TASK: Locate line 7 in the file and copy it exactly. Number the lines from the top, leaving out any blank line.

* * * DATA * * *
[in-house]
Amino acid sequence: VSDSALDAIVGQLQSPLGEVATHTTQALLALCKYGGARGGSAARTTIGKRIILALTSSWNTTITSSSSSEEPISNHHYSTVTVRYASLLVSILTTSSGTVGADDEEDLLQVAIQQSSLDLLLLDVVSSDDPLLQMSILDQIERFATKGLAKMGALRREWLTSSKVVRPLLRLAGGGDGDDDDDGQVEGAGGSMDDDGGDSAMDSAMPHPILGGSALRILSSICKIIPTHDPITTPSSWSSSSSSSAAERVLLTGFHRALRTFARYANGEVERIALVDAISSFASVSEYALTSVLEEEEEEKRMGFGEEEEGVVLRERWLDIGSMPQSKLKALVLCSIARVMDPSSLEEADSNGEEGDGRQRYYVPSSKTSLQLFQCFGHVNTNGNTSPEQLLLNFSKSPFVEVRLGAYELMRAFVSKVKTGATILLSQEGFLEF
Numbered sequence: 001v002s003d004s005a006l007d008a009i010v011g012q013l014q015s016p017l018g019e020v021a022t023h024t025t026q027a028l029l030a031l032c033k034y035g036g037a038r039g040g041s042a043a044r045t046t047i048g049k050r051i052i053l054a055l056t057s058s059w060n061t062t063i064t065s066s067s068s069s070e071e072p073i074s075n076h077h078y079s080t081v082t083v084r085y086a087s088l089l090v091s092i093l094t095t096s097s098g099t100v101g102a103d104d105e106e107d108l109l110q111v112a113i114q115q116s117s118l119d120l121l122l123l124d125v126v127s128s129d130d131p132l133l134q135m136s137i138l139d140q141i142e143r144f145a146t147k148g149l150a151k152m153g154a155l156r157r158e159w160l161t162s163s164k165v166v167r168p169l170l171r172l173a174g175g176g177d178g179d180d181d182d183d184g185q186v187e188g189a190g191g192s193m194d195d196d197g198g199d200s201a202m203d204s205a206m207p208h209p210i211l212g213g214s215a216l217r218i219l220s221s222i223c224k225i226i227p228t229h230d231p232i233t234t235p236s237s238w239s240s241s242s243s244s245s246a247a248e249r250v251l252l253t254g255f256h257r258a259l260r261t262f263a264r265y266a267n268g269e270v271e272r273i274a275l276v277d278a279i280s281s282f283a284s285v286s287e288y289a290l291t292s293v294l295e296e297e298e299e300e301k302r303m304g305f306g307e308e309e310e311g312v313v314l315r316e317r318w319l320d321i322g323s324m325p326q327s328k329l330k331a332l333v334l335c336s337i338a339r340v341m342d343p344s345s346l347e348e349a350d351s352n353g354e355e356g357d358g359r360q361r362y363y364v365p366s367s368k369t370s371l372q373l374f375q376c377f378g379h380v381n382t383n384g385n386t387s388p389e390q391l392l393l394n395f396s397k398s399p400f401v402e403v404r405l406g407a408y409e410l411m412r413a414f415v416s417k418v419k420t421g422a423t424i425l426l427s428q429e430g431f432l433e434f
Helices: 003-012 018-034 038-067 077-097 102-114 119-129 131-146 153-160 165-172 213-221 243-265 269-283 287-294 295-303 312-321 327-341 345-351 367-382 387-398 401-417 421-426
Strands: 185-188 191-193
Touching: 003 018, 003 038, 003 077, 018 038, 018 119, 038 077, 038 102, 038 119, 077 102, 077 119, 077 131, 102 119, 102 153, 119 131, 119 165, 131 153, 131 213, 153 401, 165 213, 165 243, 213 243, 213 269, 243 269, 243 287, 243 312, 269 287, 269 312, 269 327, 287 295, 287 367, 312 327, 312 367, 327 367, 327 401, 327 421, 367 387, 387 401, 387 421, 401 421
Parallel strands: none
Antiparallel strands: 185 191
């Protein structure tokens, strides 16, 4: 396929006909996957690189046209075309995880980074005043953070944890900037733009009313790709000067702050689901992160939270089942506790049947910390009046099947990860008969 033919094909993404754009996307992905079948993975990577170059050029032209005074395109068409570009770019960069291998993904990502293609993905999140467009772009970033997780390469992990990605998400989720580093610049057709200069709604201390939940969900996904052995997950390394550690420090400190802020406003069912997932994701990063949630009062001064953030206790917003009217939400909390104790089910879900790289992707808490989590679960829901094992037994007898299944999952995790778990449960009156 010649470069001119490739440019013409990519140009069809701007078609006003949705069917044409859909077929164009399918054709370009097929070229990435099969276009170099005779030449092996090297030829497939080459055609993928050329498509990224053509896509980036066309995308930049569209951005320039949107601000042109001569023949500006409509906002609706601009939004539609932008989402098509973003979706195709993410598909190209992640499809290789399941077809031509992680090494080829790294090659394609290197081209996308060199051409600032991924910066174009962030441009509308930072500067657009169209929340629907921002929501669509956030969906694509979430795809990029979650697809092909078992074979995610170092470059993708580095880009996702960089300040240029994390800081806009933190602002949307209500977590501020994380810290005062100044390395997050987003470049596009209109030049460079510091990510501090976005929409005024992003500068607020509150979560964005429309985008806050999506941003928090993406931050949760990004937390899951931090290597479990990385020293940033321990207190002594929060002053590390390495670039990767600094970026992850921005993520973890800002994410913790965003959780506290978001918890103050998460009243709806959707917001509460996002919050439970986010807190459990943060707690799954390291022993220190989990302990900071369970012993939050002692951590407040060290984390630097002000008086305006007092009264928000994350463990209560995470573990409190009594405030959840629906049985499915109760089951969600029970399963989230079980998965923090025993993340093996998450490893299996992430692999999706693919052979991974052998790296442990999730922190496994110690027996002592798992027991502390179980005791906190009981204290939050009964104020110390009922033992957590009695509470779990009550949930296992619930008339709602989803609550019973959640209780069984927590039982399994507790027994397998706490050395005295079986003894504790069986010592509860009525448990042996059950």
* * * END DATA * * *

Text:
Parallel strands: none